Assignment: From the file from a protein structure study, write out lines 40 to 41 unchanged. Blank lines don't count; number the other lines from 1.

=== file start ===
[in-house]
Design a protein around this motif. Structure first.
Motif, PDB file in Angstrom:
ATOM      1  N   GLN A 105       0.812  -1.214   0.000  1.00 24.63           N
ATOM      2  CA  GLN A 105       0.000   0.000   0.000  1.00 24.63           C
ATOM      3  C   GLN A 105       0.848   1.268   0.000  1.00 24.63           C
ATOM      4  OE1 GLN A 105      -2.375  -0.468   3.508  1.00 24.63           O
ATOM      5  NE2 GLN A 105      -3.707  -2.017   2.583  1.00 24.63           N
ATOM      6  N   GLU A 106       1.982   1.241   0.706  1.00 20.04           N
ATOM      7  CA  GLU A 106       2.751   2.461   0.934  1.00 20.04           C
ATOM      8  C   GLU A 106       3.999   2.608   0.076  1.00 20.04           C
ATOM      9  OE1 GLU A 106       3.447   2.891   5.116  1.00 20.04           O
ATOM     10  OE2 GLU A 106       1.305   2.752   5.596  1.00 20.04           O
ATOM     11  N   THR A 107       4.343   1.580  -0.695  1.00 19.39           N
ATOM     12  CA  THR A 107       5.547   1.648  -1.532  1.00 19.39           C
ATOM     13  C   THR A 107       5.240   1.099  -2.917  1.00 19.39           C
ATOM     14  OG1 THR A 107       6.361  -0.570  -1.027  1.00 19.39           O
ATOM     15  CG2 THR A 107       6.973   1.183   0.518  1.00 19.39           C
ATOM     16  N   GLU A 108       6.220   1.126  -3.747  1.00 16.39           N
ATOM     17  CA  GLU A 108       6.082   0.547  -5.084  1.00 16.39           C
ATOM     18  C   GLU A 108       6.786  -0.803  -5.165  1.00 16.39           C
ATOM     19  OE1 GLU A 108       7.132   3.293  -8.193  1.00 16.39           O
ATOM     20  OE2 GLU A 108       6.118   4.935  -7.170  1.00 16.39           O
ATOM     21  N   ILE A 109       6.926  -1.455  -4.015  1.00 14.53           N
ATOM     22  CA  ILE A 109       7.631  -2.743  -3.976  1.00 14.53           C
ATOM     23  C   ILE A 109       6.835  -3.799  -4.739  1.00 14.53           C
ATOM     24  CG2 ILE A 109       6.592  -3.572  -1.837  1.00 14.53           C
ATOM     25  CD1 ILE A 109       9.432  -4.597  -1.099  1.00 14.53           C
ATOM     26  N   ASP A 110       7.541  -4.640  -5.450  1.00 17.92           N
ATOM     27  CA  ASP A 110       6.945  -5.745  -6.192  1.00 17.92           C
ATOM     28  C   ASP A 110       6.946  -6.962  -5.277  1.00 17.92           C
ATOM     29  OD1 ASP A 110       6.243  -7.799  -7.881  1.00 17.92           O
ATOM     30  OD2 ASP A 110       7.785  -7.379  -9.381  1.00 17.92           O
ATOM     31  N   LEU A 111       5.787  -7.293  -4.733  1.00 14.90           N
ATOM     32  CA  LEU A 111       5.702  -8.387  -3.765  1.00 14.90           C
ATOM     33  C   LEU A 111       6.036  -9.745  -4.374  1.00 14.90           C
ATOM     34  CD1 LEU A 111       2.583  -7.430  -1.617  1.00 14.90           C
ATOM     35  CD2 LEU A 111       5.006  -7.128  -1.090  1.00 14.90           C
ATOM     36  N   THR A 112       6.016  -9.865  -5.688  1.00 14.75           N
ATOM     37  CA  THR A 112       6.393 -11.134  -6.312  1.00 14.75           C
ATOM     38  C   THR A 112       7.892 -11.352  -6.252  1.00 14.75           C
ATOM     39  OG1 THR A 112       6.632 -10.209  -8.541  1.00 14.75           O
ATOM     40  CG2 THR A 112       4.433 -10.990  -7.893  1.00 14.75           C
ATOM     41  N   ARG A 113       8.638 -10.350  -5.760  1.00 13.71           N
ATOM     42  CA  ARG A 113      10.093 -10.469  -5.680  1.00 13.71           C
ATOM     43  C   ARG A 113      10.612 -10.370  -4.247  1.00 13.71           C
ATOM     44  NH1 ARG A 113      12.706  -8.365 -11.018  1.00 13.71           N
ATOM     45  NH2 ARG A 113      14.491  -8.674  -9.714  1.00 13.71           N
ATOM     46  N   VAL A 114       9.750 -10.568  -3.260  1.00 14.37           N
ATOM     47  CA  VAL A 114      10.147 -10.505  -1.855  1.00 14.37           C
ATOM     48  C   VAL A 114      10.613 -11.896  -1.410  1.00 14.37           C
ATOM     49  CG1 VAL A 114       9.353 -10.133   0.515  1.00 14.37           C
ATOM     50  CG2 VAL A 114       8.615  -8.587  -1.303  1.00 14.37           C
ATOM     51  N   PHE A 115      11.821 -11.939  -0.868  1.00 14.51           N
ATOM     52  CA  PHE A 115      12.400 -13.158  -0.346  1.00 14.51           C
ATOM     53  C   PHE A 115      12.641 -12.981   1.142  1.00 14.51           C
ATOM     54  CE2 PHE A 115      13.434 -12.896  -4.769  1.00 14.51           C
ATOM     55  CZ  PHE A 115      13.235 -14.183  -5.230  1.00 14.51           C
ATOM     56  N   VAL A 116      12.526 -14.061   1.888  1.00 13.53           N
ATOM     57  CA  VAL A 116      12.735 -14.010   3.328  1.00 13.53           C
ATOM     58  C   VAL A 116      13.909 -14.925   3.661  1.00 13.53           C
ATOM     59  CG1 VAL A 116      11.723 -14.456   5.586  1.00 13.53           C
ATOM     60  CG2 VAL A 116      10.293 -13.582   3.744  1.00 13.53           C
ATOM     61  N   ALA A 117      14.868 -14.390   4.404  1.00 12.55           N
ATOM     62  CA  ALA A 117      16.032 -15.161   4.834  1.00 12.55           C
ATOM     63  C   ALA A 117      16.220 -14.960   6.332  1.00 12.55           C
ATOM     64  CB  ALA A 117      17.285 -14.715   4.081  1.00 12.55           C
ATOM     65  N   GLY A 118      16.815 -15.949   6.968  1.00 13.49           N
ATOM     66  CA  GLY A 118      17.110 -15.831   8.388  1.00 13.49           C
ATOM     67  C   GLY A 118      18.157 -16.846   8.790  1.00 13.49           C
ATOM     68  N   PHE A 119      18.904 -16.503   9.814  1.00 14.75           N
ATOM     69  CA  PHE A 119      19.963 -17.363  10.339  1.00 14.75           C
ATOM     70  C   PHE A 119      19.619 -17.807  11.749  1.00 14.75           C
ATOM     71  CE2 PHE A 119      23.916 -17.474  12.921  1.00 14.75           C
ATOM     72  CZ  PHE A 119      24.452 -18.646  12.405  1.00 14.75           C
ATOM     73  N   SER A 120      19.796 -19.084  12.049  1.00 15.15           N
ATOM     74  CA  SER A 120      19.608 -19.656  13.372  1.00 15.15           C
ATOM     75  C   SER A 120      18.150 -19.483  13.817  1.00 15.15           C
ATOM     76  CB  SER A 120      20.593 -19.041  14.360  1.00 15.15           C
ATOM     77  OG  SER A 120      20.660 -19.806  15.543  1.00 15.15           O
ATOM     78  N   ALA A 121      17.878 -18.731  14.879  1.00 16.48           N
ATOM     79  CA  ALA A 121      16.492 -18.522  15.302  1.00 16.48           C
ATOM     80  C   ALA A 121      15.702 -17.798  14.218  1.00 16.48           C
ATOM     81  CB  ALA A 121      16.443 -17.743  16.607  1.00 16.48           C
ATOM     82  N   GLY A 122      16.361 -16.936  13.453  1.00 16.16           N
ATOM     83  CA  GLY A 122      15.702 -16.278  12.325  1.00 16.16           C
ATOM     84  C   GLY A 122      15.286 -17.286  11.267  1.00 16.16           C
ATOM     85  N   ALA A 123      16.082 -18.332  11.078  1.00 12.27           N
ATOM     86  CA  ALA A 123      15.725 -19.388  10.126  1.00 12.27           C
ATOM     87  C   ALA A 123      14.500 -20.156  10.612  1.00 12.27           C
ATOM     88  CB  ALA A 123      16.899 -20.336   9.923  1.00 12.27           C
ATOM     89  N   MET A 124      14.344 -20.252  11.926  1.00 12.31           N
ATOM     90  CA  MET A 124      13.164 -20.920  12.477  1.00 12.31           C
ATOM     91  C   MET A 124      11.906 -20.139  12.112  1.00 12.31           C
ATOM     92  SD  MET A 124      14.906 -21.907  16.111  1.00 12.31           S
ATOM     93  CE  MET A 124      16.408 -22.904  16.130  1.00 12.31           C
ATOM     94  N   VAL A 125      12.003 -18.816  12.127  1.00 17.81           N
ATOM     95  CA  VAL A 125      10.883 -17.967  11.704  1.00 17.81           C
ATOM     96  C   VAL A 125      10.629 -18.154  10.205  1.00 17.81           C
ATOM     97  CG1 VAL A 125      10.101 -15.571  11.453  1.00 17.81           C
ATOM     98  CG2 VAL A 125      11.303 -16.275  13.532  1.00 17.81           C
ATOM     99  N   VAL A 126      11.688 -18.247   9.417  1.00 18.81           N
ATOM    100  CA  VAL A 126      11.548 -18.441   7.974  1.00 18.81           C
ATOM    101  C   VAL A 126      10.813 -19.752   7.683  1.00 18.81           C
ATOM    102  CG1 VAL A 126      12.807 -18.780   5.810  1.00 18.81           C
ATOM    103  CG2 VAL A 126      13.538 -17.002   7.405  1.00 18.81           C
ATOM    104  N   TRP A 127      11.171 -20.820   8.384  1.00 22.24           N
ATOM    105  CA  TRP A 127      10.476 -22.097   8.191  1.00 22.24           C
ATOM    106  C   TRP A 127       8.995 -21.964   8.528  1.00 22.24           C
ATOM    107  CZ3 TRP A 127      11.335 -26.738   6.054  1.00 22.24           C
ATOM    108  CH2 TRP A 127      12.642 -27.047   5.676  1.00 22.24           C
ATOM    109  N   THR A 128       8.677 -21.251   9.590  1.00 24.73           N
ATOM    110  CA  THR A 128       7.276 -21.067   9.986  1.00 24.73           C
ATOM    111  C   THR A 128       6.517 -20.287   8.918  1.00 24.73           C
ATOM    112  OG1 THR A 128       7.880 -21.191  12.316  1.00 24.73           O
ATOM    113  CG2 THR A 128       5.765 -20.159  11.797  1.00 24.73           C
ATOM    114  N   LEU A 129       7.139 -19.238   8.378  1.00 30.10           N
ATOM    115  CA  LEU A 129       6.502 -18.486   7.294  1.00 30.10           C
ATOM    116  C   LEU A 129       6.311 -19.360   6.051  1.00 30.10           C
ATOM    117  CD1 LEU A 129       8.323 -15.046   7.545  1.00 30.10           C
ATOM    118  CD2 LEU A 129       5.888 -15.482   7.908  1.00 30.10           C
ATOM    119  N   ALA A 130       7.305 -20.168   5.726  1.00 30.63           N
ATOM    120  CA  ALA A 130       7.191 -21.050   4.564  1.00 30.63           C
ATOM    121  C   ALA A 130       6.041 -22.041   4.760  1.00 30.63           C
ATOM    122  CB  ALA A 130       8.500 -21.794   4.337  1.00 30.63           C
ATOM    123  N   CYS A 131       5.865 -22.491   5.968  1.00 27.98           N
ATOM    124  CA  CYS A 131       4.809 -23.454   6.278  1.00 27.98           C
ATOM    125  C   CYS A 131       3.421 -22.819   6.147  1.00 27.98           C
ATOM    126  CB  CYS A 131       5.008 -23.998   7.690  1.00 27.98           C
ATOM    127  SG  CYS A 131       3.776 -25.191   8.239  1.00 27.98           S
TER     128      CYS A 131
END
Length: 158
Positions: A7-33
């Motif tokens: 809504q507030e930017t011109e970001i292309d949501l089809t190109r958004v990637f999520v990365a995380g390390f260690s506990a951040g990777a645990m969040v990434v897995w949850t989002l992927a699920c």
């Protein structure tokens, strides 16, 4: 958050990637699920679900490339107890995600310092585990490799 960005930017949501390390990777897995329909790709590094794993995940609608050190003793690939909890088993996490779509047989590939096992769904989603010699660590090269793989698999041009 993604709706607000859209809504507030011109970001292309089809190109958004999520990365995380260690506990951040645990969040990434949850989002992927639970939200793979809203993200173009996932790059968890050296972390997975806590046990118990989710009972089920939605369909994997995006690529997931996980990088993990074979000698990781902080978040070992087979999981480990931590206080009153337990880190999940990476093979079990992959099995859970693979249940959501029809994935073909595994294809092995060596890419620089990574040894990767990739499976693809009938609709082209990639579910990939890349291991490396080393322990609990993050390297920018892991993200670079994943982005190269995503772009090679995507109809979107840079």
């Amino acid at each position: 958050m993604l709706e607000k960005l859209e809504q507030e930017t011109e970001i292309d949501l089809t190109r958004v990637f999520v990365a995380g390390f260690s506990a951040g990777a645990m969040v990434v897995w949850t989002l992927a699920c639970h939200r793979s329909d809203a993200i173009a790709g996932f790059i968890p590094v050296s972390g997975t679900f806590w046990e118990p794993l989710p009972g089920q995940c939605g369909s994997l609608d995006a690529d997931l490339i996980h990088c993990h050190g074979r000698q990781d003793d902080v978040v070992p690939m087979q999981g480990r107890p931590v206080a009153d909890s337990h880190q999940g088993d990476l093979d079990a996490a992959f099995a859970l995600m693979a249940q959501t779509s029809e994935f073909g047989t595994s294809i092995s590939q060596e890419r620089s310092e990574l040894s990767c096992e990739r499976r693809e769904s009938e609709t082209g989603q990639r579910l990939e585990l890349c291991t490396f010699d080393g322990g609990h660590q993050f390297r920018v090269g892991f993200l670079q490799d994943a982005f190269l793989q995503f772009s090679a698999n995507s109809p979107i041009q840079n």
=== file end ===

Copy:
ATOM     37  CA  THR A 112       6.393 -11.134  -6.312  1.00 14.75           C
ATOM     38  C   THR A 112       7.892 -11.352  -6.252  1.00 14.75           C